So since a couple of months I’m a PADI dive instructor.
Diving was love at first sight for me. I’m sure everyone who’s diving for the first time is in awe of what they see. I’ve talked about it before, and I could keep on repeating myself all the time. Underwater photos are beautiful, but until you see it yourself for real, you won’t “get it”. As a long time photographer it was a privilege to be able to see this and to be able to start photographing this.
When I started the PADI dive instructor course I knew there was also a digital underwater photography specialty.
Having photographed for hobby since I was 12, and professionally for about a decade now, and having taught photography, Photoshop and Lightroom courses, I knew that I would also want to teach underwater photography. And through an official institute like PADI that would be a fantastic way! I’ve seen people photograph with their pocket cameras on full auto and getting these all-blue, shaken photographs as opposed to something that could’ve been a potentially great picture had they known a bit more about the technique and the settings of their camera.
So… I spent a bucketful of money to do the IDC (Instructor Development Course) and we crammed 10 Specialty Instructor Courses in a few days to get us going (the underwater photography one wasn’t part of it, unfortunately) and I was told that you could get additional Specialty Instructor licenses on the merit of proven experience. So I was not in the slightest worried about my possibilities.
Already before I started the IDC I had over 40 logged dives with underwater camera, I have a portfolio full of underwater images, I have practiced and taught photography (practiced for over 20 years and taught for about 5 years), so after passing my IDC, and passing the Specialty Instructor Courses, I wrote PADI an email, confident that I would be able to add the Underwater Photography to my list of specialties.
But, to my surprise I received an email back.
“You can apply for the Specialty Instructor certification after you’ve certified 25 divers.”
So I wrote an email back.
“I’m sorry, but did you check the link to my portfolio? Did you see that I have taught photography and that I have over 40 logged dives with my camera? Doesn’t that prove I have the necessary experience to do this specialty?”
And I get an email again from PADI.
“You haven’t certified any divers yet. You can apply for the Specialty Instructor certification after you’ve certified 25 divers.”
Now… I know what they mean.
Once I’ve certified 25 divers, I can apply for the Master Scuba Diver Trainer (MSDT), which is the next level after Open Water Scuba Instructor (OWSI).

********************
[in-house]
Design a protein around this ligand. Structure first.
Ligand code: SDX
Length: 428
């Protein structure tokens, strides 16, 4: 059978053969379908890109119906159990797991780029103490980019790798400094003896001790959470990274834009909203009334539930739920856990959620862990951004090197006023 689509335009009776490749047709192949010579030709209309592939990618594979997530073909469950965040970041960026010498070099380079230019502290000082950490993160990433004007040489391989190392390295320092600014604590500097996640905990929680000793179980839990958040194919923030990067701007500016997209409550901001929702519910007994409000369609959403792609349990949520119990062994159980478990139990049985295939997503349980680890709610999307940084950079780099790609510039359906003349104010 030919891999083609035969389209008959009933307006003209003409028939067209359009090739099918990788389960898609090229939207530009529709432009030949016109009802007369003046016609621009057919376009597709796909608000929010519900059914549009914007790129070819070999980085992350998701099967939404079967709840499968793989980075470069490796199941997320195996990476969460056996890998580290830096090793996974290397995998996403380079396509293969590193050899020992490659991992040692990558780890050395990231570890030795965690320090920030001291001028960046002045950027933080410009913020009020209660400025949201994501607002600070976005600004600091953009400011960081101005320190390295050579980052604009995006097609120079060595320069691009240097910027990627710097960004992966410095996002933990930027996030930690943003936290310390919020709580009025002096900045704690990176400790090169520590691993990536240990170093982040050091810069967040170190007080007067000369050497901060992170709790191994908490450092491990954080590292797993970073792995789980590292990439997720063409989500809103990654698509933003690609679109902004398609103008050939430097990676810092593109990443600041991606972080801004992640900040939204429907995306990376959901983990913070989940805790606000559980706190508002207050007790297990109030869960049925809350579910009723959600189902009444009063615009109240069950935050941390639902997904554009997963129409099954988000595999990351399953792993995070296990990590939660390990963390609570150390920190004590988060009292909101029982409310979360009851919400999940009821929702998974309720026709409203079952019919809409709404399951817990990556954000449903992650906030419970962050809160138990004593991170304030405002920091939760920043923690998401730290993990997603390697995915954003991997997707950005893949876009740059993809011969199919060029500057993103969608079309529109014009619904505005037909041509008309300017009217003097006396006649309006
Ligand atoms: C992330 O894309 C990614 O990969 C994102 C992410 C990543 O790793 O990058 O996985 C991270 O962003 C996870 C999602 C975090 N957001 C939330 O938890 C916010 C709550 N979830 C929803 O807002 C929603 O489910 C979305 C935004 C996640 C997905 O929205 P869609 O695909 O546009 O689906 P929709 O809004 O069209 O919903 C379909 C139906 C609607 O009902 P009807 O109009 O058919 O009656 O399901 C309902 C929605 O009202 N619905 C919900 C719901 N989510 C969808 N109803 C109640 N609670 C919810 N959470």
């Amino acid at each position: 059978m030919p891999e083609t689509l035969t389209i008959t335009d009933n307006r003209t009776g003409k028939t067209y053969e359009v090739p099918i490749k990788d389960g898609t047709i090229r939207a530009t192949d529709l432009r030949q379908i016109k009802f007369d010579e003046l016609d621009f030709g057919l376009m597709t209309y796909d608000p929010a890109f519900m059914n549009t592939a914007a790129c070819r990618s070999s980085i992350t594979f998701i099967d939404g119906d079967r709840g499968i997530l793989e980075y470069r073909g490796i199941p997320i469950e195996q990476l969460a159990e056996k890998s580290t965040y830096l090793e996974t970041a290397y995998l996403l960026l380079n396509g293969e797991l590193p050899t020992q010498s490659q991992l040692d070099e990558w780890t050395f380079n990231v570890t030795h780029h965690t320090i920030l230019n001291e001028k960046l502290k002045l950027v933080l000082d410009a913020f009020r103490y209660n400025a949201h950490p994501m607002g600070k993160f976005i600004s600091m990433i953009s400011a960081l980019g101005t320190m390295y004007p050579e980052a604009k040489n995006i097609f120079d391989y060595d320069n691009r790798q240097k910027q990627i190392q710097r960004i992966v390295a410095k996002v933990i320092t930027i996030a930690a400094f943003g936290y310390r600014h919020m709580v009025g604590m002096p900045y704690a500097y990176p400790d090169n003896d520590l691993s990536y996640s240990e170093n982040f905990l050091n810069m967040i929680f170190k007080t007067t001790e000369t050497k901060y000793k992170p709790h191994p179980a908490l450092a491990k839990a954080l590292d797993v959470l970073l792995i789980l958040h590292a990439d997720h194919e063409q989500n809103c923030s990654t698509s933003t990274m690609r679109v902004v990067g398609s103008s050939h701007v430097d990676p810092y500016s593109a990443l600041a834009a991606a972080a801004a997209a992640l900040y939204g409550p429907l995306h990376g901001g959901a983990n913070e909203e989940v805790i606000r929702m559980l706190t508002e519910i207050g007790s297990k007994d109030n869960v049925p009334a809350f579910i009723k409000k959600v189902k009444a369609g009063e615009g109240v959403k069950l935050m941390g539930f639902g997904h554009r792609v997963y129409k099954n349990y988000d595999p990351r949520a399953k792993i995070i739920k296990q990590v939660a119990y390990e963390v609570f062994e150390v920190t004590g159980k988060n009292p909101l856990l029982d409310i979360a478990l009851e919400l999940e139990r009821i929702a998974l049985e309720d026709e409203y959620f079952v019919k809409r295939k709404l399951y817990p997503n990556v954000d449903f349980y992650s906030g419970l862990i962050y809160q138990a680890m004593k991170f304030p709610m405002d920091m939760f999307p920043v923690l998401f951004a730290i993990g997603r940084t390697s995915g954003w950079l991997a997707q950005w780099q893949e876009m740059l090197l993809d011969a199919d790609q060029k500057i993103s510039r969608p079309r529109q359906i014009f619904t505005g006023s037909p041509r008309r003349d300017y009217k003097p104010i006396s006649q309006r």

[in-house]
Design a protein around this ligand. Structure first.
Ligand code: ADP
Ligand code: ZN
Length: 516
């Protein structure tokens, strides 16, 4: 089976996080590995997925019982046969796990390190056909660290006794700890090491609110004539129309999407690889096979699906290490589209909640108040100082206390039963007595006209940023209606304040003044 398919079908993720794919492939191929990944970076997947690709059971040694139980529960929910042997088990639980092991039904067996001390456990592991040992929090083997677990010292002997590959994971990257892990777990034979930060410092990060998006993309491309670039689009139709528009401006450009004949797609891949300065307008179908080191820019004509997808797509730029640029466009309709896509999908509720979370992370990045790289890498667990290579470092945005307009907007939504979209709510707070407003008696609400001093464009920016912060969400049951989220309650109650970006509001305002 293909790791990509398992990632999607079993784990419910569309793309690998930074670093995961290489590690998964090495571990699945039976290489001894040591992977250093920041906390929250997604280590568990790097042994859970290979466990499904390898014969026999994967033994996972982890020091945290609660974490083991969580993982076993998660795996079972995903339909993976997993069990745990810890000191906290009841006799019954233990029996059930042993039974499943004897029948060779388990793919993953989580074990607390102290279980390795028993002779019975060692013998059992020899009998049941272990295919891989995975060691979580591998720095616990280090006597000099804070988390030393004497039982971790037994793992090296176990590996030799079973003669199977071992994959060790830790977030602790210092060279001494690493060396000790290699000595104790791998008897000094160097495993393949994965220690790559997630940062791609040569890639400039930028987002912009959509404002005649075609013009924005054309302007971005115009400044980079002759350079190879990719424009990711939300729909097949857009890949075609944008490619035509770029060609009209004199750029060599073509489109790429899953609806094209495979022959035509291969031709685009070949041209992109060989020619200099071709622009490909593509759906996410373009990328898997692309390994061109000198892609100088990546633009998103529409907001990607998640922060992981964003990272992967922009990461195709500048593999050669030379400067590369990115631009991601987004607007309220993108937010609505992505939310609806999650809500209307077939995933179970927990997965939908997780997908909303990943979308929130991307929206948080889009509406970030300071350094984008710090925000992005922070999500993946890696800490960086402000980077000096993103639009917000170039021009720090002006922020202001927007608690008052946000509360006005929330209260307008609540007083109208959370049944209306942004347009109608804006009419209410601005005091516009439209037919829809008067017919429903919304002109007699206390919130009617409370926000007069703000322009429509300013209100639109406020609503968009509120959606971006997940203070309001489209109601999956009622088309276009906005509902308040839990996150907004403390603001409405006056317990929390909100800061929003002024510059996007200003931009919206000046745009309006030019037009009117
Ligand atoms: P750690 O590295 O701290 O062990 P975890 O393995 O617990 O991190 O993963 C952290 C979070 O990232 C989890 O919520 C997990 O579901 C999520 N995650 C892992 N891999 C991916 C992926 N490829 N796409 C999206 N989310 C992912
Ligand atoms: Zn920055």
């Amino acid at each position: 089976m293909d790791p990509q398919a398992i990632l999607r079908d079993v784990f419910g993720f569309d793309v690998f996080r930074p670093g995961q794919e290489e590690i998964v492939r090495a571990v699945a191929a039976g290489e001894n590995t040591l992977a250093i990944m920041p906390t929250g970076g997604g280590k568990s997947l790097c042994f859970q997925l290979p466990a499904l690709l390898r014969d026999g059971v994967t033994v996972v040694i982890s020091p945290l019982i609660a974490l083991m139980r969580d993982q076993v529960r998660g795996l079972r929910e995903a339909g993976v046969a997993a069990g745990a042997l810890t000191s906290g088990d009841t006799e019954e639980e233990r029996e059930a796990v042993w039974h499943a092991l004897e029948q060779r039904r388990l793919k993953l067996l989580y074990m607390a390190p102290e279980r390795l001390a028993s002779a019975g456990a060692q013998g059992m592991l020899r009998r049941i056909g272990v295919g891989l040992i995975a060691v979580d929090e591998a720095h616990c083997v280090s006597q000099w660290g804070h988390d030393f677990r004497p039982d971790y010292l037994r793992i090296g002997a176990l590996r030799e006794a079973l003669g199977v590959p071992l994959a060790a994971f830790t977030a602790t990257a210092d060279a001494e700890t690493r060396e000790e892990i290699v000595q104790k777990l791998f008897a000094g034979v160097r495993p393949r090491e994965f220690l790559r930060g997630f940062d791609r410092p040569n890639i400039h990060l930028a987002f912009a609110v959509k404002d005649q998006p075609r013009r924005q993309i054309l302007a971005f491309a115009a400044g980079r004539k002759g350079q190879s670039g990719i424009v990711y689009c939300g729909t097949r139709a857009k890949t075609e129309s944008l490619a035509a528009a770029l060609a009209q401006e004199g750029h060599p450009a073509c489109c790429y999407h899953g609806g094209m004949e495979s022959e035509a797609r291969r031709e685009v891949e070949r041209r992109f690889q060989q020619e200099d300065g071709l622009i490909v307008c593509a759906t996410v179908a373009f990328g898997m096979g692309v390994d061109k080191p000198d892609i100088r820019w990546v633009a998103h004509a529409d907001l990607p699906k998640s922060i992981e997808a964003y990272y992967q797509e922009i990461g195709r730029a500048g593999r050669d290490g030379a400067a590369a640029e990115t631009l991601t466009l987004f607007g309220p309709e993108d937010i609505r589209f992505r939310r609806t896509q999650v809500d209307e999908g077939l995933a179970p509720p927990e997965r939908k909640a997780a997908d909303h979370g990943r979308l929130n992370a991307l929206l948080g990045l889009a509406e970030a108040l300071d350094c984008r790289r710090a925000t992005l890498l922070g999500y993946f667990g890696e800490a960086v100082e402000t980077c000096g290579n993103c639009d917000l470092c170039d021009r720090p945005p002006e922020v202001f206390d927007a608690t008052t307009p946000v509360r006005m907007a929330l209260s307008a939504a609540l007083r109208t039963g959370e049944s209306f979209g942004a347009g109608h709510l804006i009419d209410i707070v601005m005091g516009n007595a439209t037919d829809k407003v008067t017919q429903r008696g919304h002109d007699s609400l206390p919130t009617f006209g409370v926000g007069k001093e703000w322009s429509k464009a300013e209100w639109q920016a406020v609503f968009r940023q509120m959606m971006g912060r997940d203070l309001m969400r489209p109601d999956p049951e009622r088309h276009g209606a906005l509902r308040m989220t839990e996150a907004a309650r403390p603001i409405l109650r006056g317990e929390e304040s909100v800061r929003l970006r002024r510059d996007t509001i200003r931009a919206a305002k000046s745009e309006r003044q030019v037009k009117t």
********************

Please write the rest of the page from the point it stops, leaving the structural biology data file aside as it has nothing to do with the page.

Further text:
An MSDT can teach ANY specialty course, regardless of whether he knows anything about it or not.
Don’t get me wrong, I think PADI is a great institute. They’ve developed a fantastic concept to bring people close to scuba diving and to allow them to experience it without having to go through months and months of studying and practicing.
But the rules for the Specialty Courses are just hypocrite.
I’m a Specialty Instructor for 10 Specialties (I paid about US$600 to get the license to teach these specialties), which we did in a few days. I can teach them, because I can dive and because I can read the study material. Not because I am an expert on those things (of course I know “enough” in order to teach them, but really, barely).
And there I am. Professional photographer. Portfolio full of images. Proven record of dives. Taught photography before. I know more about photography than my three IDC instructors combined. THEY are allowed to teach it. I’m not. Not because I don’t know the first thing about photography, but because I haven’t certified enough divers.
That’s a good load of bullshit, if you ask me.
When I get my 25 certifications, I can teach ALL specialties, even the ones I’ve never followed a course for. Even the ones I know shit about. Why? Because I certified 25 divers.
I’m sorry PADI, but you have your head up your ass with this one.
Of course I don’t need PADI’s permission to teach underwater photography. I can do whatever I want, really.
I just think it would be nice for my students if I could tell them they were certified by a world renown institute for the course that they take with me.
Having finished a course with PADI sounds maybe a bit more impressive than having finished a course with Arno (of course the quality is the same high-standard ).